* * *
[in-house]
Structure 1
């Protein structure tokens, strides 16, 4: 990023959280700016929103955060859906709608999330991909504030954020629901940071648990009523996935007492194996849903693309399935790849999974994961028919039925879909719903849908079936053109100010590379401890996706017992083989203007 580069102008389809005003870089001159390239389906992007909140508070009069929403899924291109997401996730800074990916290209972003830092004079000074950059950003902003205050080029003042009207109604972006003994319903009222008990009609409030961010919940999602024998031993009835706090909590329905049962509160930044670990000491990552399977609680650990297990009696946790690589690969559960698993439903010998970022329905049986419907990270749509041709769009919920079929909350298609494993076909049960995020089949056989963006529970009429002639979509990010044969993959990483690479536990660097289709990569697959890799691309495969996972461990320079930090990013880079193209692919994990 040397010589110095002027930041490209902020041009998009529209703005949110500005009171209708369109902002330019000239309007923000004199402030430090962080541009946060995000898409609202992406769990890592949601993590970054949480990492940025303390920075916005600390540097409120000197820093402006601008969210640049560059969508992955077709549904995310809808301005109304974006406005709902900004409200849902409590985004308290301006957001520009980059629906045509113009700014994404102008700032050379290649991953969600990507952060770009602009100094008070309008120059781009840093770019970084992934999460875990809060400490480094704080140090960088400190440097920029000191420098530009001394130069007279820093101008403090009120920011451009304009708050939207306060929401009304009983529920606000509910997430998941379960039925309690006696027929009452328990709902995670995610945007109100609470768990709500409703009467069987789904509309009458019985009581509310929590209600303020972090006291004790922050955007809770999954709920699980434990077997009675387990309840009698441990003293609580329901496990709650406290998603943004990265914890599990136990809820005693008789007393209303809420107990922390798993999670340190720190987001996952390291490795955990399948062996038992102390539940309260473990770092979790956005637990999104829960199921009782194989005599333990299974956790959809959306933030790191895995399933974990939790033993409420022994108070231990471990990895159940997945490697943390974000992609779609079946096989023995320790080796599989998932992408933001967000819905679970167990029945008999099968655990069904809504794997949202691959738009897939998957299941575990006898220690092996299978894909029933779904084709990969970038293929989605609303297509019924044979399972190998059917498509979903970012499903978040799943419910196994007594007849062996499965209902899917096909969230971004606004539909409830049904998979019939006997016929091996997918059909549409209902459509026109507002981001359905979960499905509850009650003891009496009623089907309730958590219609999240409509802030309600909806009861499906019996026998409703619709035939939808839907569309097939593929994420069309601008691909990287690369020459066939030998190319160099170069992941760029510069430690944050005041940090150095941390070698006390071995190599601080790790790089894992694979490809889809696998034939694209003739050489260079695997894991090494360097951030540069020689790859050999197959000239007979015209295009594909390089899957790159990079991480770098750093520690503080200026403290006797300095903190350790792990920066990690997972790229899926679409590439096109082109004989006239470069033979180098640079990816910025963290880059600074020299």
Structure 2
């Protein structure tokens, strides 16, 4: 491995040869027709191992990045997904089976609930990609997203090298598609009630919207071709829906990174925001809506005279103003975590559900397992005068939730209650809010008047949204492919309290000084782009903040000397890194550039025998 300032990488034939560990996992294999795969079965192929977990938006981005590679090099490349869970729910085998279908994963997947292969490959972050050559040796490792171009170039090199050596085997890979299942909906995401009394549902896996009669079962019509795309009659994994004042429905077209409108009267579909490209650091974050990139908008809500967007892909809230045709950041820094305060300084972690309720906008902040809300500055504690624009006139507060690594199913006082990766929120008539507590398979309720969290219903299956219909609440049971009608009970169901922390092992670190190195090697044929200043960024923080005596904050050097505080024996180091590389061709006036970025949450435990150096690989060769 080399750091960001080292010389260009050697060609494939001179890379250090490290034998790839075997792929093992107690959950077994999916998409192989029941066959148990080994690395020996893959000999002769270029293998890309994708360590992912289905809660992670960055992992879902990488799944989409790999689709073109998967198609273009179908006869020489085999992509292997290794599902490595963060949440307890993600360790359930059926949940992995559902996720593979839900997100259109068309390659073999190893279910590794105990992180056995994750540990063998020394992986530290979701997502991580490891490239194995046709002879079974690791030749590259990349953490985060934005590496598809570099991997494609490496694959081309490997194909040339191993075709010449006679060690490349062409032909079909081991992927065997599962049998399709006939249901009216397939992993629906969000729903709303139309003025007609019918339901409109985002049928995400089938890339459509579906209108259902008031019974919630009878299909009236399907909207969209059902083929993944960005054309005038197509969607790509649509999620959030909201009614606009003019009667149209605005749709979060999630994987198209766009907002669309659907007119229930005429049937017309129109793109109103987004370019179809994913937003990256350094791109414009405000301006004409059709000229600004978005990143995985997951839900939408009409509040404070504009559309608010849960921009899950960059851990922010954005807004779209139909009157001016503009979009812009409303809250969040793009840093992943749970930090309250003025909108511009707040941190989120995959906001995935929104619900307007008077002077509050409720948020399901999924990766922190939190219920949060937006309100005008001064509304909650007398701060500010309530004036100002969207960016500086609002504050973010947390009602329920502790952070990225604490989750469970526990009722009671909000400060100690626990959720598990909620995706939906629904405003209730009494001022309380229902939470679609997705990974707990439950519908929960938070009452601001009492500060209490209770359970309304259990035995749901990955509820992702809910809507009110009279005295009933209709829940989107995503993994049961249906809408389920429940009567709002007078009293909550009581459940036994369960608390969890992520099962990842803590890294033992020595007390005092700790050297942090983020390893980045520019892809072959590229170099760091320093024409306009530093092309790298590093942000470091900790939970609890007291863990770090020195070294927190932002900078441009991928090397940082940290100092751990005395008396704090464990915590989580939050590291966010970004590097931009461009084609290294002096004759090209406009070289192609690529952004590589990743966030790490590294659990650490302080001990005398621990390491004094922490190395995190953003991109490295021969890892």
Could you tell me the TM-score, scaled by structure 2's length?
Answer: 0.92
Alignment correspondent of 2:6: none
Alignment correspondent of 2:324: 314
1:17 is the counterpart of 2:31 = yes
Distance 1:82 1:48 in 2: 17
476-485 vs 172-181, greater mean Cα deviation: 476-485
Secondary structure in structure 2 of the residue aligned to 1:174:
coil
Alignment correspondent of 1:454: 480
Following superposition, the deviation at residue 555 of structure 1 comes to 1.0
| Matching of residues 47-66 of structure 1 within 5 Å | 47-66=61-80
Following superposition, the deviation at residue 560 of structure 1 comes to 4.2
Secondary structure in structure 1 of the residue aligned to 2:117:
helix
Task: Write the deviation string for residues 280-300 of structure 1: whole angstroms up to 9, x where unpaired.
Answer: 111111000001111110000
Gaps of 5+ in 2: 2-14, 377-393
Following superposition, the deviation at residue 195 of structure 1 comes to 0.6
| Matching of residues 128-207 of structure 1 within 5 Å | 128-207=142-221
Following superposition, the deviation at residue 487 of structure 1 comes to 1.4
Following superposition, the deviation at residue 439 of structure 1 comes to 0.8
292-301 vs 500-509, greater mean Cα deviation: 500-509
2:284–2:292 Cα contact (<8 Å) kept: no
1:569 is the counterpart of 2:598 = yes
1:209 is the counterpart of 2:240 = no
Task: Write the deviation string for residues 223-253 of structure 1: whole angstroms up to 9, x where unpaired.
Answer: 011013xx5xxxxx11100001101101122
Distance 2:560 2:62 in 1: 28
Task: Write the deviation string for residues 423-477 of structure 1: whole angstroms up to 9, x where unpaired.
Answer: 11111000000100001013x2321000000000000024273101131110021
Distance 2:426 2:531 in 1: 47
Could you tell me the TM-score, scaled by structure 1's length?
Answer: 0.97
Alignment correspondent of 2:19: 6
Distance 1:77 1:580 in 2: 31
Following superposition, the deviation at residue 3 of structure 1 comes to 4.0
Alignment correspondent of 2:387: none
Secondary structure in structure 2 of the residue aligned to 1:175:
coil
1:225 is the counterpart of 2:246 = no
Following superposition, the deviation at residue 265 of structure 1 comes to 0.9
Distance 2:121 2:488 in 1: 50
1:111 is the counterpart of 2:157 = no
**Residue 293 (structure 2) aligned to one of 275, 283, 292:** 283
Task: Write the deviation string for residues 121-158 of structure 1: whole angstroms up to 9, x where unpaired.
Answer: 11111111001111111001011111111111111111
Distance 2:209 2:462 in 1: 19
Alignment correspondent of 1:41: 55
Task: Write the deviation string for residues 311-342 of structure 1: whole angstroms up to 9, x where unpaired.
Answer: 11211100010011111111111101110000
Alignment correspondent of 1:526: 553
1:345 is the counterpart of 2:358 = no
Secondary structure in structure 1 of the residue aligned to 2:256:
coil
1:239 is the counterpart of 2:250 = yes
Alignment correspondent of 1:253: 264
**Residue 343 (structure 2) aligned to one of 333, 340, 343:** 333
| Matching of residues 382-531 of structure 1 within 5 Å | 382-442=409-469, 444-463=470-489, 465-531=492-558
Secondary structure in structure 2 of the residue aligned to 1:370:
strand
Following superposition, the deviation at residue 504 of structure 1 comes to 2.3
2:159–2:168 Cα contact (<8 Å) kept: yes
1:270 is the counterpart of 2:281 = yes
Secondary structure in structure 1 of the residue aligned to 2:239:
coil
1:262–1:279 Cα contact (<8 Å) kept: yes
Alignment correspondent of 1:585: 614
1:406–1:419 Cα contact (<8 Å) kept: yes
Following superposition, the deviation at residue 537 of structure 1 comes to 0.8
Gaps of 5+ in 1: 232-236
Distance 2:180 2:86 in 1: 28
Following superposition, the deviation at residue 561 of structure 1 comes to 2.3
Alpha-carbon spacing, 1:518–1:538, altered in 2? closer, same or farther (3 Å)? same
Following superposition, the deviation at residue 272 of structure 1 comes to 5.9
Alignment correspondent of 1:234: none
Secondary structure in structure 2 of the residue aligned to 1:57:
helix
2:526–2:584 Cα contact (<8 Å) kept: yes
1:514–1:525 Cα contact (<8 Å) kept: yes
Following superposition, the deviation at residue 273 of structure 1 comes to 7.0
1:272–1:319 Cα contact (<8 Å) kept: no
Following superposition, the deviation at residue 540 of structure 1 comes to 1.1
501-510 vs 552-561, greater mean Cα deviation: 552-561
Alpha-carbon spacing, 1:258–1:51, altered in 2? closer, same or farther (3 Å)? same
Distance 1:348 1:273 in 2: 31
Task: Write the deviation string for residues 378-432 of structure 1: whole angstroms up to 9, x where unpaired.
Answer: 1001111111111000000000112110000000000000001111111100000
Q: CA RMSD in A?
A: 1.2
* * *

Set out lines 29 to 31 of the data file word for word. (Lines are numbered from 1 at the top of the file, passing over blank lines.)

2:284–2:292 Cα contact (<8 Å) kept: no
1:569 is the counterpart of 2:598 = yes
1:209 is the counterpart of 2:240 = no